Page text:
LA Times Main Stage
University of Southern California
Los Angeles, CA
About the Event: Enjoy Sandra Cisneros being interviewed by Esmeralda Bermudez, writer for the Los Angeles Times and USC graduate. Free tickets to the event, with a small service fee, can be found on the LA Times website.
About the Author: Sandra Cisneros is a poet, short story writer, novelist, essayist, whose work explores the lives of the working-class. Her numerous awards include NEA fellowships in both poetry and fiction, the Texas Medal of the Arts, a MacArthur Fellowship, several honorary doctorates and book awards nationally and internationally, and most recently Chicago’s Fifth Star Award, the PEN Center USA Literary Award and the National Medal of the Arts, awarded to her by President Obama in 2016. The House on Mango Street has sold over five million copies, been translated into over twenty languages, and is required reading in elementary, high school, and universities across the nation. Founder of awards and foundations that serve writers and a dual citizen of the United States and Mexico, Sandra Cisneros earns her living by her pen.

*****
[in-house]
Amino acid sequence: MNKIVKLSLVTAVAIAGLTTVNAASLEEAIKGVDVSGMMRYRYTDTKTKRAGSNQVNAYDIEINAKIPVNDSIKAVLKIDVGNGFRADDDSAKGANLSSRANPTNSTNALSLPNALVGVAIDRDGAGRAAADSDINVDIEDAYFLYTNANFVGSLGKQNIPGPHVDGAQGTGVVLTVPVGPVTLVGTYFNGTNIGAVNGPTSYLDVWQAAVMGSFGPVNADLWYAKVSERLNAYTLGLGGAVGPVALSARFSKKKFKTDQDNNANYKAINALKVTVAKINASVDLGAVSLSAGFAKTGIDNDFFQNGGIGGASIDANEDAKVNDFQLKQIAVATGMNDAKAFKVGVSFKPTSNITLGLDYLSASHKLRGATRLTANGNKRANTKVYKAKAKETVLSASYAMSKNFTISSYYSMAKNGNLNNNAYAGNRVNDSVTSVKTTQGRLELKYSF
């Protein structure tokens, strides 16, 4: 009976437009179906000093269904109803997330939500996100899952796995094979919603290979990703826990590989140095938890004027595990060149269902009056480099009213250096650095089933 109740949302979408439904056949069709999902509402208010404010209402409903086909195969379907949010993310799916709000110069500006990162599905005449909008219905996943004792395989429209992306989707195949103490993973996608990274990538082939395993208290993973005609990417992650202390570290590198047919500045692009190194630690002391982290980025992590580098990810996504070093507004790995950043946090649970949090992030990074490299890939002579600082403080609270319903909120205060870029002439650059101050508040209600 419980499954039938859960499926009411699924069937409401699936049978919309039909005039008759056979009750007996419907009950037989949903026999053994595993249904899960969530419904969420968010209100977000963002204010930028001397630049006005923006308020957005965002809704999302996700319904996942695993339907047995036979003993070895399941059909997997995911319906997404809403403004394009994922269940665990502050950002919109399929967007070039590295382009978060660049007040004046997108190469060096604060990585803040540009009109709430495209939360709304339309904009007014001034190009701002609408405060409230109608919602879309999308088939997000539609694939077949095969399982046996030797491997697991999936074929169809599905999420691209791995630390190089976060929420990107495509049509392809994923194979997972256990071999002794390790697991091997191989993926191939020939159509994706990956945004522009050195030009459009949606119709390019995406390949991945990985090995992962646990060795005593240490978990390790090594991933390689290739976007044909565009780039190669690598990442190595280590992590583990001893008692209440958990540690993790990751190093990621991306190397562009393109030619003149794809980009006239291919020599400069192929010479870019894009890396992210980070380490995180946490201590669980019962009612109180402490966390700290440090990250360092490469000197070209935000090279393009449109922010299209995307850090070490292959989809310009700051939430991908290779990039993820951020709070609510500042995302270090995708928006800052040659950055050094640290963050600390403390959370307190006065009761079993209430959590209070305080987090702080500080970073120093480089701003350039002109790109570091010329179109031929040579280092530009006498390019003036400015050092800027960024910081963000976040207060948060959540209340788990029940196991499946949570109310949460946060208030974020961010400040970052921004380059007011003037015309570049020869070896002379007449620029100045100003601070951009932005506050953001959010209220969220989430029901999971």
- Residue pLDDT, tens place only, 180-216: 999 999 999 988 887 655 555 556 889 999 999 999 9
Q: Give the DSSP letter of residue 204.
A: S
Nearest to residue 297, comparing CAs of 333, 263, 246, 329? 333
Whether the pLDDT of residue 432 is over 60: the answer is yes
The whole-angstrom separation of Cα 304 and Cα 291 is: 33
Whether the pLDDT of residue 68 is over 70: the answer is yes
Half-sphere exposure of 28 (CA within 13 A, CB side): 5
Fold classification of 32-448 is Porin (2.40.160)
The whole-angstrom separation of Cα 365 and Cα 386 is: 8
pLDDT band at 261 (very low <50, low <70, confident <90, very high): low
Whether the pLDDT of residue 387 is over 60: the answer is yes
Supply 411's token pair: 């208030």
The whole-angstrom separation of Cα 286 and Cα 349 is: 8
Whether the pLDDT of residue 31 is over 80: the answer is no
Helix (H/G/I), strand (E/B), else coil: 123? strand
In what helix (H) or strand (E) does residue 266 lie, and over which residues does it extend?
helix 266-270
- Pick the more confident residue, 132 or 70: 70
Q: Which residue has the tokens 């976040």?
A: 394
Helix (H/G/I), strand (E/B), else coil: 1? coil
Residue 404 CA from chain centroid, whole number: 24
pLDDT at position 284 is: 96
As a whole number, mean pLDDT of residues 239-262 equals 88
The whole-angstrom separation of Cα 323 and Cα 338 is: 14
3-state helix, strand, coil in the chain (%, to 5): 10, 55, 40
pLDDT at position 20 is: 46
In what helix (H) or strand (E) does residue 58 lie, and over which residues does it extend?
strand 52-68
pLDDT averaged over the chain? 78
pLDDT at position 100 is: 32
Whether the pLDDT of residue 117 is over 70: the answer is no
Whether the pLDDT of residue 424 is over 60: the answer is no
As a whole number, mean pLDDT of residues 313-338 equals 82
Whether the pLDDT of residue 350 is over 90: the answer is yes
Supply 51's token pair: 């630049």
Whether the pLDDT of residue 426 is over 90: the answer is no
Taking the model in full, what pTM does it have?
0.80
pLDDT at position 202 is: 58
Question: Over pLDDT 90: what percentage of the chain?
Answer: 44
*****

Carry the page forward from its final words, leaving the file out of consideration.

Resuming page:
PRAISE FOR PURO AMOR:
"A short story about love, animals, art, and Frida Kahlo and Diego Rivera. . . . A solid short story in a beautiful, thin volume from an author we wish we heard more from."
"Her unique writing style and focus on the working class [have] made Cisneros a renowned literary figure."
—Viviana Garcia-Blanc, NPR, “WBEZ Worldview”
“Sandra Cisneros knows both that the heart can be broken and that it can rise and soar like a bird. Whatever story she chooses to tell, we should be listening for a long time to come.”
— The Washington Post Book World
"Puro Amor explores perspective dually, giving readers both an intimate view of the protagonist’s daily life and the perspective of the townspeople looking in. . . . The fluctuating perspective grants readers the simultaneous participation in the familiarity of the Missus’ chores, and the outside criticism of the townspeople—a juxtaposition that gives room for Cisneros to be both silly and reverent in her exploration of the inherent arduousness of partnership, and ultimately to show that animals do give the purest love."
— The Arkansas International